Jeremy Stolow presents the introduction to his recent book, Deus in Machina: Religion, Technology, and the Things in Between. The introduction, as well as the book itself, investigates the myriad ways that religion and technology are interwoven.
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In ancient Greek tragedy it was not uncommon to resolve a particular dramatic crisis with the sudden intervention of a god, a strategy with which the playwright Euripides had a particular affinity. At the appointed moment during the play performers would utilize a trapdoor in the floor of the stage or employ a mechanê, a sort of crane with a pulley attached to it, to lower, raise, or exhibit motionless in midair a statue or an actor dressed as a deity, often the god Zeus. Such a miraculous apparition would interrupt the dramatic events taking place on stage, typically for the purpose of rescuing characters from an impending doom. [i] But this dramaturgical convention, apò mechanês theós (“the god out of the machine”), was denigrated by a long line of critics, starting with Aristotle, who lamented playwrights’ overreliance on such a cheap and “merely mechanical” resolution of dramatic tensions. [ii] In this tradition the convention of apò mechanês theós and its Latin calque, deus ex machina, came to refer to any formulaic use of a plot device in which a conveniently perfect solution emerges for an otherwise inextricable problem in the story through the insertion of an entirely unexpected character, object, or event. Underlying the critics’ longstanding disdain for the employment of deus ex machina, perhaps we might note an even deeper disdain for mechanical manipulation. Apparently, authentic divine presence, if it is to remain authentic, is not supposed to manifest itself as an instrument in the service of the human hand. Wherever we think we see gods sprouting out of our tools and machines we are merely bearing witness to the fruits of our own human labor, and only a poor poet (or a gullible spectator) would suppose otherwise. There is in fact a long history of association of the word machina with abject notions of trickery and deceit, as evident in the Latin verb machinari, “to invent, contrive, or devise,” a reference still preserved in the English noun machination: a crafty scheme designed to accomplish a sinister end. [iii] Here, perhaps, is one archaic trace preserved in the modern conception of religion as an ideological mechanism brought to bear upon superstitious populations by an impudent and cunning priesthood, as proposed by David Hume in his Natural History of Religion (1757), Ludwig Feuerbach in his Lectures on the Essence of Religion (1851), and Emile Durkheim in his Elementary Forms of Religious Life (1912), to name but three figures within a crowded lineage of scholars dedicated to exposing the machine hiding behind our ghostly illusions. [iv]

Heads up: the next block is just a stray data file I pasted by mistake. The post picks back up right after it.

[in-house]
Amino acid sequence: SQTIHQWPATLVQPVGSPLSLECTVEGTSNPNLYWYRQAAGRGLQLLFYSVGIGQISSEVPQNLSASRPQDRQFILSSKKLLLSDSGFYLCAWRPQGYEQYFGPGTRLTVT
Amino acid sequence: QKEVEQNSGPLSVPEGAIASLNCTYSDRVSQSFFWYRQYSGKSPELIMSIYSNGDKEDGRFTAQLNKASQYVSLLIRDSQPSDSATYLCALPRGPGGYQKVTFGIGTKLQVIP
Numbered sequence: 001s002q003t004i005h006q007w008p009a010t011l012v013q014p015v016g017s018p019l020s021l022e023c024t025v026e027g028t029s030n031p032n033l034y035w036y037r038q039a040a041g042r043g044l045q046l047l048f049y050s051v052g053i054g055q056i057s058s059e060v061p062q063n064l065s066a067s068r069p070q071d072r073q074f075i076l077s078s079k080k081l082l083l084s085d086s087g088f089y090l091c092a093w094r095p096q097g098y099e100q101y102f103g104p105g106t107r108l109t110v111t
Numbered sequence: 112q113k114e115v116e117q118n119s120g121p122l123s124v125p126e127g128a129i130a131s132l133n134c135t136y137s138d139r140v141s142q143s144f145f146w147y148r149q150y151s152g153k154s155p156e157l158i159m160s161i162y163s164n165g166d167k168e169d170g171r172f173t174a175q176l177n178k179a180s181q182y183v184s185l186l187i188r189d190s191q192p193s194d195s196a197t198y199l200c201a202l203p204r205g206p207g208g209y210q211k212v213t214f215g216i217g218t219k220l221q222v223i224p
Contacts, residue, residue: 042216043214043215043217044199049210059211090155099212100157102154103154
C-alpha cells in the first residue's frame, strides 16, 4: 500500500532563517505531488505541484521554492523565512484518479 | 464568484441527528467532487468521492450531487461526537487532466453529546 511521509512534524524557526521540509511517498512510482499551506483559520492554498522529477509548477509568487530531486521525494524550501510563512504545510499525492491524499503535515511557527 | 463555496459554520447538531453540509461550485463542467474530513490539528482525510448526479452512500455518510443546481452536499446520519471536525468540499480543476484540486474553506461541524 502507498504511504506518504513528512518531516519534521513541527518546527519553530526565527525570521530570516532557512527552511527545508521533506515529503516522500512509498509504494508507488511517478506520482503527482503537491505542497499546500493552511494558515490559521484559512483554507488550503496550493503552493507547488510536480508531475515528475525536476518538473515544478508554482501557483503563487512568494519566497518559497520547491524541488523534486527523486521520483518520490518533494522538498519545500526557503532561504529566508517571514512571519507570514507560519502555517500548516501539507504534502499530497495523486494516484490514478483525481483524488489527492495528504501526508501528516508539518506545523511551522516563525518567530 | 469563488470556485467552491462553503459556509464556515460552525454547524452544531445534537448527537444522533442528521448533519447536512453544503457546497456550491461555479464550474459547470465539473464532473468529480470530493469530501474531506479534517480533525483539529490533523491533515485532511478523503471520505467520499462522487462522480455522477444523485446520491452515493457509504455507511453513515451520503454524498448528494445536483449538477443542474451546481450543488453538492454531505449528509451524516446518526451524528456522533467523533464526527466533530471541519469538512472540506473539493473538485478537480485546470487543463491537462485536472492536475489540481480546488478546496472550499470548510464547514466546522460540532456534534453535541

The title of this book, Deus in Machina, purposefully inverts the presumed relationship between divine entities and the mechanisms that render them present. Rather than foreclosing discussion about whether and how one must choose between human-built machines and the authentic presence of gods, spirits, and other transcendent forces and things, this book seeks to revisit and revise the very supposition that religion and technology exist as two ontologically distinct arenas of experience, knowledge, and action. In common parlance, the word religion typically refers to the intangible realms of ritual expression, ethical reasoning, affect, and belief, whereas the word technology points to the material appurtenances, mechanical operations, and expert knowledge that enable humans to act upon, and in concert with, the very tangible domains of nature and society. The locution religion and technology thus operates alongside a series of analogous binaries, including faith and reason, fantasy and reality, enchantment and disenchantment, magic and science, and fabrication and fact. To talk about religion and technology, therefore, would appear to be a relatively straightforward matter of properly deploying the “and” that conjoins the two terms. Religiously derived emotions, beliefs, ethical motivations, and performative repertoires can be added to—or subtracted from—the otherwise independent operations of technologies that do their work “in the real world,” producing their effects in accordance with established laws of physics. Religious actors can embrace, avoid, reject, or repurpose technologies; they can tell stories about the sources of inspiration that led to their creation; they can develop their own vocabularies to describe how and why they work; and they can even come to regard the things they or their fellow humans built with their own hands as idols, fetishes, talismans, or transubstantiations of ordinary matter into sacred matter. But technology refers to an order of things existing outside of and independent from all such dispositions, uses, and frameworks of meaning, and there is not supposed to be anything allegorical about the work technologies perform or the things they can or cannot do.